- HKIAC Rules, Hong Kong seat and an option of English or New York governing law;
- SIAC Rules, Singapore seat and an option of English or New York governing law; and
- AAA-ICDR Rules, New York seat and New York governing law.
The model clauses are drafted to be incorporated into the Schedule of a new ISDA Master Agreement. However, some simple amendments would enable a model clause to take effect as an amendment to an existing ISDA Master Agreement.
The model clauses provide basic arbitration provisions and make the essential amendments to Sections 13(b), (c) and (d) of the Master Agreement that are needed to reflect the use of arbitration rather than court litigation. ISDA reported that the feedback from its consultation showed little appetite for more complex alternatives, such as:
- an "optional" arbitration clause (ie where one or both parties can choose either to litigate or arbitrate a dispute after it has arisen). This is perhaps unsurprising in the light of recent court decisions in Russia and France see Complex jurisdiction clauses – risks and options (January 2013 Client Publication) and The end of the optional jurisdiction clause in Russia? (October 2012 Litigation Review); and
- a "fast-track" arbitration clause, providing for an accelerated procedure.
ISDA has explained that the combinations set out above reflect the preferences of ISDA members. There is nothing to prevent parties from amending the model clauses to create further combinations. For example, there is no model clause providing for arbitration under the rules of P.R.I.M.E. Finance see New Dispute Resolution Panel for Finance Disputes: P.R.I.M.E Finance begins work (January 2012 Litigation Review). P.R.I.M.E. Finance has published its own model arbitration clauses for use with a Master Agreement: one providing for a London seat and English governing law, a second clause providing for a New York seat and New York governing law; and a third clause providing for a Hong Kong seat and Hong Kong governing law. ISDA has acknowledged P.R.I.M.E. Finance’s model arbitration clauses and invited ISDA members to provide further feedback on the desirability of ISDA preparing a model clause for arbitration under the P.R.I.M.E. Finance rules.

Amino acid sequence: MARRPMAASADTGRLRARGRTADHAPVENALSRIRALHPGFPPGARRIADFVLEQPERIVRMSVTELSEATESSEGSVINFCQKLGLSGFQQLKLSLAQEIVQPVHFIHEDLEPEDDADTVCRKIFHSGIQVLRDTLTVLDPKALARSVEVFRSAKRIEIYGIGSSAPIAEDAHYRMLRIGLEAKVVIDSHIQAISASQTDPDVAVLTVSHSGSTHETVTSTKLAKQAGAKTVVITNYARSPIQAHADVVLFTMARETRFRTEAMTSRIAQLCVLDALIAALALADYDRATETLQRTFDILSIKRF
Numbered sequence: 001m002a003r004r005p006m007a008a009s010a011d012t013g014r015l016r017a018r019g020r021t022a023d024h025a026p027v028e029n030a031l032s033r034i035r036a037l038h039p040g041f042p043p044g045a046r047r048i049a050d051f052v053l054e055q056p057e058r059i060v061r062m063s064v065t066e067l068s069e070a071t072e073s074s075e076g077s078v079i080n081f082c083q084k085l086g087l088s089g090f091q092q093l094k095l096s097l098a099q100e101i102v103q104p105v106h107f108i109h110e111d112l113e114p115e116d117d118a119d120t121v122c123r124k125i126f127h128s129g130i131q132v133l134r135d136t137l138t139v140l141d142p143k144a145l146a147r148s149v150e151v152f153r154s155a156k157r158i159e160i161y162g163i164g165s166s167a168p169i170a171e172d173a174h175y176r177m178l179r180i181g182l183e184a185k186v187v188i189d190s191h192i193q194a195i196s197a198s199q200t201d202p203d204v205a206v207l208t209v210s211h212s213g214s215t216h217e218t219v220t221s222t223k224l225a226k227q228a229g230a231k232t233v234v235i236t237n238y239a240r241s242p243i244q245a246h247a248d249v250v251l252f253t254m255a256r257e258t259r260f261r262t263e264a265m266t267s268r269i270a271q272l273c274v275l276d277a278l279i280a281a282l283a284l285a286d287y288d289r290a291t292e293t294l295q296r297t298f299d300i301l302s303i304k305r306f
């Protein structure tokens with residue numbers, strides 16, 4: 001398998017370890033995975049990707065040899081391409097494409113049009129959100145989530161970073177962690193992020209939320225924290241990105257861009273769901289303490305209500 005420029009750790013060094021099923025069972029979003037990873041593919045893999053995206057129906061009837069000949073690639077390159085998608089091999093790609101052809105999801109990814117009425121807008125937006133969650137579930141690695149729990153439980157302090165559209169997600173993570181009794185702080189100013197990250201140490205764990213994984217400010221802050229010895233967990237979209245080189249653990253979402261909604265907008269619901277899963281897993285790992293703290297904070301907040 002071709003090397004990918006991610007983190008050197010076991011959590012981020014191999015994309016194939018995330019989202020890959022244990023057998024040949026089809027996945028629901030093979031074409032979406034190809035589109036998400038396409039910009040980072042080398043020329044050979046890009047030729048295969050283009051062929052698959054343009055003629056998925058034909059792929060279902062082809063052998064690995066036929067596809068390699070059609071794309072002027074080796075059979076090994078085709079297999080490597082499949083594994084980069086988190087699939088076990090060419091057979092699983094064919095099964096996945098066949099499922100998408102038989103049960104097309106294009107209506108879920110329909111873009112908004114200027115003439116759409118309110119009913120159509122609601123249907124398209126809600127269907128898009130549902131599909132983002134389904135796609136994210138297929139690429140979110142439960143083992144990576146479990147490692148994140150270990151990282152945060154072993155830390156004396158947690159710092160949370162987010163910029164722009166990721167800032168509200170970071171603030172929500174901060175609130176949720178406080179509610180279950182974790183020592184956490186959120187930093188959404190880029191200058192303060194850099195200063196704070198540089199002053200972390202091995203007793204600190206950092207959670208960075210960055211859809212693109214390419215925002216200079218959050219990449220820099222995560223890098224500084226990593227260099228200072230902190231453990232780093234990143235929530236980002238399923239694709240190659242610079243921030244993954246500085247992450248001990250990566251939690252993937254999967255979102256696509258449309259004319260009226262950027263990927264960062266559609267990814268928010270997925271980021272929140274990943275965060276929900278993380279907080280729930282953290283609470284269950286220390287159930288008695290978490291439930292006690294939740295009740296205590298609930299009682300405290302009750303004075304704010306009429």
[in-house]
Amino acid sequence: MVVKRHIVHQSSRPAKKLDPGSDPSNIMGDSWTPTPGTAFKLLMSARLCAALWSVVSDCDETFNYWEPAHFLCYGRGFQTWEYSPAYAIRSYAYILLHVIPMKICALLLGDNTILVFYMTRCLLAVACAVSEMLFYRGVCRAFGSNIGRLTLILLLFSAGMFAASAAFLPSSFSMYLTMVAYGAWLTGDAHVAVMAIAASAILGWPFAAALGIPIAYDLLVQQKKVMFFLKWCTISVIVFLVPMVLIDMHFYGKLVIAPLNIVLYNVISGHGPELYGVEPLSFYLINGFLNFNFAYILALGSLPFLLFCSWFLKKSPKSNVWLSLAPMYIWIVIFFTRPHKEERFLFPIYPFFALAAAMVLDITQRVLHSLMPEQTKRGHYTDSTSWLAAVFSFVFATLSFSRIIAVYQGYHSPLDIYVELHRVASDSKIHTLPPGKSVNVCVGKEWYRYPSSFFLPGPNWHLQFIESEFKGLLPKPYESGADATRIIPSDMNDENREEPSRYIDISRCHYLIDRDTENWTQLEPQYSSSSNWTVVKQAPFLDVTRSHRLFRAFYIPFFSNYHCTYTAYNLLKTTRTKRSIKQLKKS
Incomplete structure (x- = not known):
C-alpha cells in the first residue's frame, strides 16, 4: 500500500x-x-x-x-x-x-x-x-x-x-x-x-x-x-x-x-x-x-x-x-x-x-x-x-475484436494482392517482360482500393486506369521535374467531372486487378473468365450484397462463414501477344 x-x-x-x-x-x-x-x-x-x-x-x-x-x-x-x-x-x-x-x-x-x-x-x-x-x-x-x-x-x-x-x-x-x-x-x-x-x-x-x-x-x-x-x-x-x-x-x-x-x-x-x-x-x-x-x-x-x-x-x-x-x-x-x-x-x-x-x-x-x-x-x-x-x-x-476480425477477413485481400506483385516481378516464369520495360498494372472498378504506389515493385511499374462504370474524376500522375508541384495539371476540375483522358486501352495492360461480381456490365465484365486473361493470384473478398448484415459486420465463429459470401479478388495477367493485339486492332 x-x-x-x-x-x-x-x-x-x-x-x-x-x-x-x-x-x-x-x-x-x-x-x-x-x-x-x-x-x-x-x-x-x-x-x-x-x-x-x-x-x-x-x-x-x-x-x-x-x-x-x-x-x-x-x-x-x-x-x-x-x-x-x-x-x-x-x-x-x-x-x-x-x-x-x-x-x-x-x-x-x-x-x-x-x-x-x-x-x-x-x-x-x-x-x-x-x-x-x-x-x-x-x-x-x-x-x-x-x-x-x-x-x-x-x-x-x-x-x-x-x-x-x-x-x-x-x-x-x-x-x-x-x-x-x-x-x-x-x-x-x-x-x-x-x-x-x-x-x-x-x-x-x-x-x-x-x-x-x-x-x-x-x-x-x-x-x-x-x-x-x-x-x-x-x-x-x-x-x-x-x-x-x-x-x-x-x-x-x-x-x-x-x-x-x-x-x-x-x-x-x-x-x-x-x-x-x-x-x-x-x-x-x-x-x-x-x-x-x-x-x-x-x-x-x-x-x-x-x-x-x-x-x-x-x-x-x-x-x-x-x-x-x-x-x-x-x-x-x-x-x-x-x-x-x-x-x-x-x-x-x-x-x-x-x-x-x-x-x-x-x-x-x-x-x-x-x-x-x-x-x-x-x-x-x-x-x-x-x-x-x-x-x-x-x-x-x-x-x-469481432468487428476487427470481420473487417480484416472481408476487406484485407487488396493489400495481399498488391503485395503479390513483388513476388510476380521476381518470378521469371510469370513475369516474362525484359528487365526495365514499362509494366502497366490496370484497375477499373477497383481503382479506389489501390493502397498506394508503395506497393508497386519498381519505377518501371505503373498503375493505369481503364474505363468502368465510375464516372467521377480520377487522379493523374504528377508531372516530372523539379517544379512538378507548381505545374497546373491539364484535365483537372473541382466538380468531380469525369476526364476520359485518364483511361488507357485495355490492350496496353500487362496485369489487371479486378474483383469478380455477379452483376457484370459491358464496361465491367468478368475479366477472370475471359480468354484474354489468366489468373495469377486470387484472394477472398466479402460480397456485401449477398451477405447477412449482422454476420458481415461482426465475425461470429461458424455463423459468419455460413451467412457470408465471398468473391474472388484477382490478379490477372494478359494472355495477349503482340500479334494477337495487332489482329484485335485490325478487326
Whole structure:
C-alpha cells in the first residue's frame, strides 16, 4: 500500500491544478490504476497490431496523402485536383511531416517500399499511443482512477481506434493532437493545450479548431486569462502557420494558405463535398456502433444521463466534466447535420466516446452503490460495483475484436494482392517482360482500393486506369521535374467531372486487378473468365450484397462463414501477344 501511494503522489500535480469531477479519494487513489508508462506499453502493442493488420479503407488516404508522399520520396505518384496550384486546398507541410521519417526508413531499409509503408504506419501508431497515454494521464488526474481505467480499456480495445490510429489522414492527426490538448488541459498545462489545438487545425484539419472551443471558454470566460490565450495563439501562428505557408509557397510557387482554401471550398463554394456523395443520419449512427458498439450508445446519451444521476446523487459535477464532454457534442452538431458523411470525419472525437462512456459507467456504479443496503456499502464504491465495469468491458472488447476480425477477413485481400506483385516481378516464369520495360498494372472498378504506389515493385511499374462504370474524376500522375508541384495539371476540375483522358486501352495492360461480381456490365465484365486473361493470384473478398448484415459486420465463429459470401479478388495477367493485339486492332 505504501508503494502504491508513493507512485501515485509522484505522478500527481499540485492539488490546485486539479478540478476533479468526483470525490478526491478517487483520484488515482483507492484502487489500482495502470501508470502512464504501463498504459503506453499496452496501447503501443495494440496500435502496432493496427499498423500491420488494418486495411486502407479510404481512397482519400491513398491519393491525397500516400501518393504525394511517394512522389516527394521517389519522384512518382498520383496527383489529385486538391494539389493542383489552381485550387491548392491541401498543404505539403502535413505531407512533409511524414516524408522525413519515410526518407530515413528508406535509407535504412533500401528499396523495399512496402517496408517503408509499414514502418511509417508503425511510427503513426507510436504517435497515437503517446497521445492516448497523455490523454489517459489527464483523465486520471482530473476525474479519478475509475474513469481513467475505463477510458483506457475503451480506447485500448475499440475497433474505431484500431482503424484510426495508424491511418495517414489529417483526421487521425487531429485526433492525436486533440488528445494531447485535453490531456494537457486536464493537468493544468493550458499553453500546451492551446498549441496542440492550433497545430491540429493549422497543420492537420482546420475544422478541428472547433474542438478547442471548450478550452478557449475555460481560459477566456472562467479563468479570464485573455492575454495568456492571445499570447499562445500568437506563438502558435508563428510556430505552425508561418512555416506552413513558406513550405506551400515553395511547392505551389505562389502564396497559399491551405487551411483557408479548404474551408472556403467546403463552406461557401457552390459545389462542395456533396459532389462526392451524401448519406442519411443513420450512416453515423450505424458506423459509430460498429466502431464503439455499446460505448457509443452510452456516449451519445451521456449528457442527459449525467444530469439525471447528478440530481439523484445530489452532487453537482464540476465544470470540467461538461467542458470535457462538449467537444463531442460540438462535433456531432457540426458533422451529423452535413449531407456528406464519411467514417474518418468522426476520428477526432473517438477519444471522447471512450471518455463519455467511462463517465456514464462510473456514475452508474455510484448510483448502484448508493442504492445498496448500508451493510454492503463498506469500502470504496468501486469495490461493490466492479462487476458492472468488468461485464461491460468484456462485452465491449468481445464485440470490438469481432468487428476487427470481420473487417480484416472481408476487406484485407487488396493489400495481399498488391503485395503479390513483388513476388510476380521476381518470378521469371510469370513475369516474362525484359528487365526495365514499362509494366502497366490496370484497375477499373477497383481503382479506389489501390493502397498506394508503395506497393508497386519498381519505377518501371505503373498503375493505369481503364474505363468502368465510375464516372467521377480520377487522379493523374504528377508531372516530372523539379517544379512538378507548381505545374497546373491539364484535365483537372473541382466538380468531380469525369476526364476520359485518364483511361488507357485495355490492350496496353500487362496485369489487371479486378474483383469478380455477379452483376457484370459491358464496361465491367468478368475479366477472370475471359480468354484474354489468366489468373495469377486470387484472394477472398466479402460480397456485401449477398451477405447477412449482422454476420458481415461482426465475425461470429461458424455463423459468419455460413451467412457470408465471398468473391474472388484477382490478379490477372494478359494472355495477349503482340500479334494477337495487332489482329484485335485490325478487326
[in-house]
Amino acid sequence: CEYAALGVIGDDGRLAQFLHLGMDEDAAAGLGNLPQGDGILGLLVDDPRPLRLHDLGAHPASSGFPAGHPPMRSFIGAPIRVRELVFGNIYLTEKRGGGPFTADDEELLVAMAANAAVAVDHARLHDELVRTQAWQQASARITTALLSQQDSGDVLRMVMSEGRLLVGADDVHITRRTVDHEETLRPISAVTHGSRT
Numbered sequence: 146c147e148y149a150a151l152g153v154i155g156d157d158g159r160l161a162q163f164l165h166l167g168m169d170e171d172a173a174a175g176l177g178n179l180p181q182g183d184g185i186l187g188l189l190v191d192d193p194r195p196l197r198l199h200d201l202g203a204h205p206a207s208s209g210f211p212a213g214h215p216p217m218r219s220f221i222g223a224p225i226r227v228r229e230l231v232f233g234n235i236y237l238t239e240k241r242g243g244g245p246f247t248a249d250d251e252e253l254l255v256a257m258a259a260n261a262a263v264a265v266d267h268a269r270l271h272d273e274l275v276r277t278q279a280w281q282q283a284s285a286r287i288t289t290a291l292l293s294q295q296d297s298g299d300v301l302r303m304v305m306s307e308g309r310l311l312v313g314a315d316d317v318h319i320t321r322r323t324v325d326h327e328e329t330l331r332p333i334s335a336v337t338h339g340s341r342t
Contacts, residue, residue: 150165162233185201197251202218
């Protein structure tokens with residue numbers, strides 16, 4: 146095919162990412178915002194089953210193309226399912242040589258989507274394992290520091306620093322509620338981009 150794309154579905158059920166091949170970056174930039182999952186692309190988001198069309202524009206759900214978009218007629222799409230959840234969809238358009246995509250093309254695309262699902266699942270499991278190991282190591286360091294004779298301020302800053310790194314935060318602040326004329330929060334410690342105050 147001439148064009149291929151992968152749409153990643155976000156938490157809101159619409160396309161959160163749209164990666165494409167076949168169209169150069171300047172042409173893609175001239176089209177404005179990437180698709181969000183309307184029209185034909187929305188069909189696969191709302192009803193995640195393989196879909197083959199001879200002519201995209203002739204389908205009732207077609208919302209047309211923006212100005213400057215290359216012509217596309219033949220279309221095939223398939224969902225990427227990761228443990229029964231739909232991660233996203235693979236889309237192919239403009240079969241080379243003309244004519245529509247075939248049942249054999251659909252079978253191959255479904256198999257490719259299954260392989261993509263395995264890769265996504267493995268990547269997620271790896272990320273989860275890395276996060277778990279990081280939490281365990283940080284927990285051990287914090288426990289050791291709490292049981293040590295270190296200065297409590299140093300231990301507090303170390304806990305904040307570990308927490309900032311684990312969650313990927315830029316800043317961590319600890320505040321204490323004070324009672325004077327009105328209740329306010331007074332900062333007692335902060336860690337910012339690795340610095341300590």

ISDA’s model clauses satisfy a need in the market for basic arbitration clauses that can be inserted into ISDA documentation. In particular, they should enable parties to avoid the problem of competing dispute resolution provisions, and the frustrating disputes that can ensue about whether the court or an arbitral tribunal has jurisdiction. By contrast, the model clauses do not provide draft wording for more complex arbitration provisions. Such provisions may be suitable for a particular transaction, but obtaining specialist advice is recommended.
Members’ feedback is unlikely to result in significant amendments to these clauses. Nevertheless, the final model clauses and guidance are expected to be finalised and published after June 2013.